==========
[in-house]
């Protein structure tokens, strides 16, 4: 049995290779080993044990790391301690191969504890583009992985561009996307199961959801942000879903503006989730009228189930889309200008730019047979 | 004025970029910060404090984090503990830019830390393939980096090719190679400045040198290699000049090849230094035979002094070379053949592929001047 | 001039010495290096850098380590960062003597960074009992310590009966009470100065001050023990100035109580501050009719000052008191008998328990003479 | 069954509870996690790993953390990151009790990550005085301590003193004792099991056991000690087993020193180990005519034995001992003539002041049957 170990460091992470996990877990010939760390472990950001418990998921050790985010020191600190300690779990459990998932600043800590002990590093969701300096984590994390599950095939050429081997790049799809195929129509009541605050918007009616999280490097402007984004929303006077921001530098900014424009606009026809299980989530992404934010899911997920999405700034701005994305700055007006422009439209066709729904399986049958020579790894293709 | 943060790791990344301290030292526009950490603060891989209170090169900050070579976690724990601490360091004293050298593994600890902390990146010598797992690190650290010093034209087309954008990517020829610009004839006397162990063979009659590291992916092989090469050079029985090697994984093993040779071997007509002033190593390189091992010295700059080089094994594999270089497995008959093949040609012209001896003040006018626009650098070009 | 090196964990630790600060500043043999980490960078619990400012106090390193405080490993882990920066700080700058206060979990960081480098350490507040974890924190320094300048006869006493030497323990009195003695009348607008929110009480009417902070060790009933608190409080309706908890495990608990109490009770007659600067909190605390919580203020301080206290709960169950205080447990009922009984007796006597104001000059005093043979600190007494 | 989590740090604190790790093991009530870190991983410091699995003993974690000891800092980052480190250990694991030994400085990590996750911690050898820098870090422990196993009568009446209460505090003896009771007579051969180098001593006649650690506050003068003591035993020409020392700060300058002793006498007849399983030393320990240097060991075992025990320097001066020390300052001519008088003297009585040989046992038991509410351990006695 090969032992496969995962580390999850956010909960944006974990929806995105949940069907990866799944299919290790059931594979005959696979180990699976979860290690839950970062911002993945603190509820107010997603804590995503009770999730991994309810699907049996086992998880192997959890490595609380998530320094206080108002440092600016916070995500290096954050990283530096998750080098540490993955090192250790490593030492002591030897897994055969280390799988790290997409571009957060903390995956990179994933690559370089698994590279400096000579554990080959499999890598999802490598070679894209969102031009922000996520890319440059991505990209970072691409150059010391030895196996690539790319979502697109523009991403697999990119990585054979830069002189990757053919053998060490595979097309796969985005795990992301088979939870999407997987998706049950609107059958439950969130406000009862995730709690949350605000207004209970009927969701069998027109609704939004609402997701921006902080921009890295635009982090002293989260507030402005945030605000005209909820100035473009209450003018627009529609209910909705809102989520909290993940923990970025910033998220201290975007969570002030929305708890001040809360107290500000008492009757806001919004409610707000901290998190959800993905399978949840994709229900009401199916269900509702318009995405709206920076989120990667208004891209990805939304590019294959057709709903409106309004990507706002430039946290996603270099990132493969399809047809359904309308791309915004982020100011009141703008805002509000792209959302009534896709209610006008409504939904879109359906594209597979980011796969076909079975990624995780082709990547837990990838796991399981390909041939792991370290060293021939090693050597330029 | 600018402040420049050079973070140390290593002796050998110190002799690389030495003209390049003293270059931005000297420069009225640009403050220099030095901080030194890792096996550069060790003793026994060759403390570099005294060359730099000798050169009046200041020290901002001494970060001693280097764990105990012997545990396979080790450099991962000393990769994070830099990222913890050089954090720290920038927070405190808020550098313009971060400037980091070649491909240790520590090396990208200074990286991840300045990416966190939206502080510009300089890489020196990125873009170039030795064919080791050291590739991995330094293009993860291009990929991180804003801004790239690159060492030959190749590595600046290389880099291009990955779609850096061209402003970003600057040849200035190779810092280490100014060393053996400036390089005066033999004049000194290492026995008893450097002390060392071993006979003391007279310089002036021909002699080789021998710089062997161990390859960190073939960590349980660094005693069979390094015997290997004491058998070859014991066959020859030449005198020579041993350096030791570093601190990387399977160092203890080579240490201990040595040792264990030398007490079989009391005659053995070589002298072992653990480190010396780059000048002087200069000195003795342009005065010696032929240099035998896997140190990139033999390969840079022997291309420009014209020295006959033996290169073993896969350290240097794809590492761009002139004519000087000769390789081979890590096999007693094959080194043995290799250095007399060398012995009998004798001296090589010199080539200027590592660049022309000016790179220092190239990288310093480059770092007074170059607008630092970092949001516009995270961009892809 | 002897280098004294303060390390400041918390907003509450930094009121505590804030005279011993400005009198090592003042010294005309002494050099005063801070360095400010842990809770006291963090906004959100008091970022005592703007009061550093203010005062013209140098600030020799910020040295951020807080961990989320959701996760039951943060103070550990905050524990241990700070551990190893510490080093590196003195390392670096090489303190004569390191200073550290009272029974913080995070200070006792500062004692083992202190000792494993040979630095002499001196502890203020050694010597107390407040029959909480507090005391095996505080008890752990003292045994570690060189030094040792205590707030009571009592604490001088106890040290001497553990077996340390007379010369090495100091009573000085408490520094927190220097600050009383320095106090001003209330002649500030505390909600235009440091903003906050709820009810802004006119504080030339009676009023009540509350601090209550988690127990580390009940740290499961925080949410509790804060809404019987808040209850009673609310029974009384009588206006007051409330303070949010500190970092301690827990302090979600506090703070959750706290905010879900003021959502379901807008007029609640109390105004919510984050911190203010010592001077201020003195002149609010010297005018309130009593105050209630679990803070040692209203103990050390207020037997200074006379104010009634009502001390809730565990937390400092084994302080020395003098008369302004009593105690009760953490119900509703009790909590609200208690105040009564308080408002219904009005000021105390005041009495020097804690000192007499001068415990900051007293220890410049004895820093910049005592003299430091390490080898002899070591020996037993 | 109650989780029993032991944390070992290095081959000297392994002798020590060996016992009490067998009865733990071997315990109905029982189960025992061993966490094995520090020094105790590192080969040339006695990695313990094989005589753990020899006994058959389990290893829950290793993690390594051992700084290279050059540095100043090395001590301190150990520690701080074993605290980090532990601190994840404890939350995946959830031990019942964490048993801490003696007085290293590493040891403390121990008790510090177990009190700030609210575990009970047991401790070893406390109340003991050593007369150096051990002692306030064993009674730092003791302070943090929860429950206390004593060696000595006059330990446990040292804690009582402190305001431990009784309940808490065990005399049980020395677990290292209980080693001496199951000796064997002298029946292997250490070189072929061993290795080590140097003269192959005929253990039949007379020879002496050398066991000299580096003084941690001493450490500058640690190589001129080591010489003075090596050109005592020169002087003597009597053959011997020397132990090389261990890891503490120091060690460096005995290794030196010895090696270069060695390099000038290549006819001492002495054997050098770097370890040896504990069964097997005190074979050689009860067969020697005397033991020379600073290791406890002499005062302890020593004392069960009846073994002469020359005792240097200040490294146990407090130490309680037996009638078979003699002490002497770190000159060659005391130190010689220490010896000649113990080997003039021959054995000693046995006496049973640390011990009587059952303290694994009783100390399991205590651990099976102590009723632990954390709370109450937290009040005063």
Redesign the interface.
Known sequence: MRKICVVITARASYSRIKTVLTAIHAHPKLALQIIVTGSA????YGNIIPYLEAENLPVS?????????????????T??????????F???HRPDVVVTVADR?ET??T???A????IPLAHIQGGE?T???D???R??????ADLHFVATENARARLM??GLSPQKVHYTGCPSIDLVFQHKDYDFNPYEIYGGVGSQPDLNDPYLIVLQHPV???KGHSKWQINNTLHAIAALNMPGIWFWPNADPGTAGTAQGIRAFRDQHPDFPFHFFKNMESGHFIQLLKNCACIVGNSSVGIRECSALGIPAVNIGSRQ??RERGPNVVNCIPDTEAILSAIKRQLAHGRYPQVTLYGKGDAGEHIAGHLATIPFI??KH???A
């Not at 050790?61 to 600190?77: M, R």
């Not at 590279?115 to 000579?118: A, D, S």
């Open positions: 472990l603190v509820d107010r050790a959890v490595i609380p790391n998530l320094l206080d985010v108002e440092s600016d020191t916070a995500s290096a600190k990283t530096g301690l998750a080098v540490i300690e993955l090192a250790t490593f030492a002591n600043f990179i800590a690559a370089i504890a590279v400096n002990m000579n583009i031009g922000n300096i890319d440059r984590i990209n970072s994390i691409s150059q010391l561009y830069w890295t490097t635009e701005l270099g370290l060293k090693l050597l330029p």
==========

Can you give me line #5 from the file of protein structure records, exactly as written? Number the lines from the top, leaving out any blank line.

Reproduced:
């Not at 050790?61 to 600190?77: M, R």